The Importance of Recordings and How They Happen

21st September 2021

Features NMC Recordings

Terry Sinclair, a member of our Board and long-time fan of NMC's work, on the importance of recorded music. This article was originally published in our Friends Newsletter in 2019. Our quarterly Friends Newsletter is packed with behind-the-scenes updates on recordings and education projects, as well as invitations to see our work in action plus opportunities to meet composers and artists; find out more about becoming a Friend here.

We are incredibly lucky to live in an age when so much great music has been recorded – but not nearly enough. NMC is at the heart of what I listen to.

If I could finally fix up my time machine its maiden journey would take me to the first performance of Beethoven’s late Bb quartet in March 1826. But even if I blagged my way into what must have been a rather small room this would have been a one-off. The Schuppanzigh quartet would have followed all the repeats but otherwise few present would ever have had the chance to hear any of the notes twice. In fact for most of history the only way we could have encountered the most wonderful music more than once would have been to play it ourselves. I don’t have the talent or the patience. But in a world with recordings….

I’ve been addicted to music since I was about 6. I asked my brother to teach me how to read and write music so I could notate the nonsense I was playing on my toy xylophone. Inevitably listening meant records since no-one was going to take me to a concert when I was too young to sit still. So that meant the record library and the music library for scores.

Far more frequent cultural highlights have been close-up encounters with greatness, with wonderful music emanating from small circular things rotating really fast

My tastes have grown up but recorded music has stayed at the heart of my life. I have a 40-minute commute. I know I should take the tube but I choose the less green option of driving so I can listen to Rossini or Rihm. A girlfriend complained I used to put music on before I said 'hello' to her when I got home. She wasn’t making it up.

I am lucky that I earn enough to go to concerts and opera as often as I want in the same way I go to the cinema. But perhaps only half a dozen opera evenings and as many concerts have made an impact I will remember for the rest of my life – a Tennstedt Mahler 2, Roger Norrington conducting the Eroica the first time I heard those clashes with natural horns, a Rite of Spring that Boulez conducted in semaphore, a Rattle & Nina Stemme Parsifal.

I need recordings to help me get inside music that won’t unlock on the first listen

Far more frequent cultural highlights have been close-up encounters with greatness, with wonderful music emanating from small circular things rotating really fast. Some of these experiences are about the visceral. I won’t forget the first time I heard the Pavarotti Sutherland squeezed into my college bedroom to sing Turandot or Andre Previn’s Turangalila (in Messiaen’s better first version before he slowed he last movement down). But it’s not all about music that throws you against the wall. I need recordings to help me get inside music that won’t unlock on the first listen – Patch, Schumann chamber music, John Sheppard, Varèse, Hugo Wolf.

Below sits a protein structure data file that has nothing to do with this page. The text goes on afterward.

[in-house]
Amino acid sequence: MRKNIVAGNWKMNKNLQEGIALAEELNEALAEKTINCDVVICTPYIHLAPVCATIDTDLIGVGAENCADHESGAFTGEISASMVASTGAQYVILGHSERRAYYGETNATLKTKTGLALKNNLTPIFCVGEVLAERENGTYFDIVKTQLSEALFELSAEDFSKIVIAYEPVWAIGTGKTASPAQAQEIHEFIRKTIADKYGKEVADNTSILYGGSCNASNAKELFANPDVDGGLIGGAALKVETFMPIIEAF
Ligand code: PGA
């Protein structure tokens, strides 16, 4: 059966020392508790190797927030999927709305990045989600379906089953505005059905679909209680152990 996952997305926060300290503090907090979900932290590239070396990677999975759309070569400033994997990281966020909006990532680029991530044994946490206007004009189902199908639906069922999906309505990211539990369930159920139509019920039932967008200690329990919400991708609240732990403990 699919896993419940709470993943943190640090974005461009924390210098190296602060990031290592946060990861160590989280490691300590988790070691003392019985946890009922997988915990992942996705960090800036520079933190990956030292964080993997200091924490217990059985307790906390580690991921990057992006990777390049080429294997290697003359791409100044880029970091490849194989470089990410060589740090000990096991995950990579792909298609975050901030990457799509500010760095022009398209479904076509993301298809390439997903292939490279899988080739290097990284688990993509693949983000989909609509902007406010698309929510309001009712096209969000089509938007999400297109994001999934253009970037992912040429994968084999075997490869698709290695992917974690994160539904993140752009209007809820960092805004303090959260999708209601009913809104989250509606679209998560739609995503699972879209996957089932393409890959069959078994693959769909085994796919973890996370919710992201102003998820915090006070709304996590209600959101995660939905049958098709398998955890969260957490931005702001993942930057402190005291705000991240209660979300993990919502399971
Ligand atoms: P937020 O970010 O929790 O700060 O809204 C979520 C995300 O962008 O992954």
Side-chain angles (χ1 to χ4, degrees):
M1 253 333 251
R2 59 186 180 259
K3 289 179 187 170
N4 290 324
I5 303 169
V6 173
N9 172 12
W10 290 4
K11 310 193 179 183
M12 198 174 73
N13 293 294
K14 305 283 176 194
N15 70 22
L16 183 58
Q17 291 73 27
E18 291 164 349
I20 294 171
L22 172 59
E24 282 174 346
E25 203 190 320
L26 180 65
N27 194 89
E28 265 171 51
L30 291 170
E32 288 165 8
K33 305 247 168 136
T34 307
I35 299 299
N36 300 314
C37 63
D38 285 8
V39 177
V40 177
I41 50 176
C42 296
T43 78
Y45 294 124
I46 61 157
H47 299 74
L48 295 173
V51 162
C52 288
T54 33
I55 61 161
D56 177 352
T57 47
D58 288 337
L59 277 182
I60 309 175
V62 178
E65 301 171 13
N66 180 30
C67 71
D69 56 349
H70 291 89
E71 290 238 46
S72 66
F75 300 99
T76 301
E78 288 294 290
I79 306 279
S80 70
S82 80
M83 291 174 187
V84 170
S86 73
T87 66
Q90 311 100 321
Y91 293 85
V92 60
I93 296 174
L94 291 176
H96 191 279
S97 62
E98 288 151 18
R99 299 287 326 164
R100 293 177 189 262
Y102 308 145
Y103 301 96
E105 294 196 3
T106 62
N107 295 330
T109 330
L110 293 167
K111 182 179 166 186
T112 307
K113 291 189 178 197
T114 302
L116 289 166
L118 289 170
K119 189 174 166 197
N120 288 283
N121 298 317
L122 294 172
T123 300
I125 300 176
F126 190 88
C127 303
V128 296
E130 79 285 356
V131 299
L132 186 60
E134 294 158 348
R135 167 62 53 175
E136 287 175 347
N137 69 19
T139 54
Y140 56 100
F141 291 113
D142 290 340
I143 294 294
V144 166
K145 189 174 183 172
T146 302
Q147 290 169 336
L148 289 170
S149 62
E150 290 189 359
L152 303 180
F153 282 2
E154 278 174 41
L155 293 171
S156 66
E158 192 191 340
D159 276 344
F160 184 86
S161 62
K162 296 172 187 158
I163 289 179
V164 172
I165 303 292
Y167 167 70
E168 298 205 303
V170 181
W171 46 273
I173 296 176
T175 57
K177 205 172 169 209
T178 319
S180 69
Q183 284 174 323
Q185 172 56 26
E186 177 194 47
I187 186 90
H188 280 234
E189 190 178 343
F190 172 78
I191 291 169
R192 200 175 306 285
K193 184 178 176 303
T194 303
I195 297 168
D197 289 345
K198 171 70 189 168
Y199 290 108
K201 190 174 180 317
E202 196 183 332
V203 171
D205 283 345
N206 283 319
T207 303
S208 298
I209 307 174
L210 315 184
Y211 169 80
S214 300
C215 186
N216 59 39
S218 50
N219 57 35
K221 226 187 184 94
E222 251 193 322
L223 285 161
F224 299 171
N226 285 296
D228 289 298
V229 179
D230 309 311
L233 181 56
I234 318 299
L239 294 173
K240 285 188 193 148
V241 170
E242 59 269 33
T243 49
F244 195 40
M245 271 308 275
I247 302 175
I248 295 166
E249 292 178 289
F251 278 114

Often it’s the complexity that requires repeats to open up. Bach’s Art of Fugue wasn’t love at first listen. Ferneyhough is impossible at first go and Sam Hayden’s Substratum was the most recent piece I downloaded which made the notes per minute counter go into the red. But sometimes I need a few repeated sessions to get past austerity or the veneer of simplicity. Arvo Pärt isn’t always interesting on a single outing. I keep quiet about it but I needed dozens of outings before I “got” Chopin and I am still struggling to get my inner philistine to appreciate Schubert piano sonatas.

We need new music to be mainstream. That means repeated playing, really great quality and plenty of recordings

NMC does amazing things for the popularity and accessibility of fresh music.  It needs a bigger reach. To get that reach and into more homes we all need to support the NMC by buying its CDs and downloads – every each one unheard and through donations and gifts. Every £1 turns the giver into a philanthropist, every £100 pushes more music to more listeners and every £1000 smoothes the path for composers to explore and delight.

Why do art galleries sell-out shows with contemporary art, why do novels have such an audience but not contemporary music?  We are all busy but no-one tries to read a new novel in an hour, but you can be excited by fresh, inventive music in a few minutes. It can’t be that people only want to hear C major chords in root position or that music needs song lyrics; neither held back Fats Waller or Miles Davis from hitting the big time. Think how shocking Richard Strauss, Debussy and Stravinsky sounded 100 years ago.

One day half the NMC catalogue will be mainstream and the music more popular than Reger or Schoenberg. We need new music to be mainstream. That means repeated playing, really great quality and plenty of recordings. We need to get the cheque book out.

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